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Former All-American Allen Brenner Passes Away At Age 64

EAST LANSING, Mich. – Former Michigan State All-American Allen Brenner, one of college football’s most talented two-way players in the late 1960s, died Monday, Feb. 13 in Clinton, N.C., following an extended illness. He was 64.

Born Nov. 13, 1947, in Benton Harbor, Mich., Brenner earned three letters at Michigan State from 1966-68, while playing wide receiver and safety for legendary head coach Duffy Daugherty. He came to MSU after earning second-team all-state honors as a senior halfback at Niles (Mich.) High School while leading the team in rushing, receiving and scoring. Brenner also emerged as one of the Big 6 Conference scoring leaders in basketball as a prep senior, averaging 31.2 points per game.

The 6-foot-1, 196-pound Brenner burst onto the scene in 1966, becoming one of only two sophomores to start on MSU’s Big Ten and National Championship team that finished 9-0-1. He ranked as the Spartans’ second-leading receiver behind All-American Gene Washington, with 22 receptions for 357 yards (16.2 avg.) and one touchdown. Brenner also returned 22 punts for 256 yards (11.3 avg.) and one score. He finished 11th in the Big Ten in receptions (conference games only), with 19 for 328 yards (17.3 avg.), and third in punt returns, averaging 15.3 yards (15 for 230). In his first Big Ten game, Brenner produced a school- and conference-record 95-yard punt return for a TD in MSU’s 26-10 victory at Illinois.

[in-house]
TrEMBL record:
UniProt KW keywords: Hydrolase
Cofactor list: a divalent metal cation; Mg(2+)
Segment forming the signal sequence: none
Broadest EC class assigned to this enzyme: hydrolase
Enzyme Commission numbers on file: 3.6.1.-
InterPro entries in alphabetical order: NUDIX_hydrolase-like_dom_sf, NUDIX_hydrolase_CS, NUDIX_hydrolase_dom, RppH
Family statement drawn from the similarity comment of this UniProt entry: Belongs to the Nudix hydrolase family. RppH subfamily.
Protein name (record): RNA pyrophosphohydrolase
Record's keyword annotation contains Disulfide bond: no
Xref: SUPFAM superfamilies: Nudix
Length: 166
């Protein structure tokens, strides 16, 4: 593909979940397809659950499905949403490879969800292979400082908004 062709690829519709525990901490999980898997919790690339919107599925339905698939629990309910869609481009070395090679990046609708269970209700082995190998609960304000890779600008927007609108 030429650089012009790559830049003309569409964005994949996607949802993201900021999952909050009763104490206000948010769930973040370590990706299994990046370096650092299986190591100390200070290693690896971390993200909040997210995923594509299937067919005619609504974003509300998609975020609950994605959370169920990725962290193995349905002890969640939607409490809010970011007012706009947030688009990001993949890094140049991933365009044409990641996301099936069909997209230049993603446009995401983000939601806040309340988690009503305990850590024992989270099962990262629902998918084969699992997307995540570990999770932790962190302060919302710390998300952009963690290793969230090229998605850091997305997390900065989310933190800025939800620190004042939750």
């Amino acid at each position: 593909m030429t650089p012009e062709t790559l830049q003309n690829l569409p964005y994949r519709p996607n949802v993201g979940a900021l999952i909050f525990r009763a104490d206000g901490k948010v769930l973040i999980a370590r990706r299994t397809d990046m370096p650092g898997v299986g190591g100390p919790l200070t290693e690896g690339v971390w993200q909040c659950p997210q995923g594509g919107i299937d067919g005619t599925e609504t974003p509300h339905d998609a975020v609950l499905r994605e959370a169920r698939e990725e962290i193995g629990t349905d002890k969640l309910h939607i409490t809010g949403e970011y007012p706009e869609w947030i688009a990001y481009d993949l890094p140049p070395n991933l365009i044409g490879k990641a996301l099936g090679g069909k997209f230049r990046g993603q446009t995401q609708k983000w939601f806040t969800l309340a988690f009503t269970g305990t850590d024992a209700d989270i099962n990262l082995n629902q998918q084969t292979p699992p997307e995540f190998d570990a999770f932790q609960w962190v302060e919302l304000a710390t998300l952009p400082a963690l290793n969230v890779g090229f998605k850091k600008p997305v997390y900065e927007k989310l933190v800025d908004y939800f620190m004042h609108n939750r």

Prior to the 1966 season, his position coach Cal Stoll said, “Let them double-team (Gene) Washington. We’ll surprise them with (Allen) Brenner. He’s got the sixth sense. He’ll start out doing one thing but adjust for a better pattern if he’s cornered. You don’t have to tell Brenner anything more than once. He’s one of the most coachable young men I’ve ever seen.”

As a junior in 1967, he was named honorable mention All-Big Ten after leading the team in receptions (26), receiving yards (462) and TD receptions (4).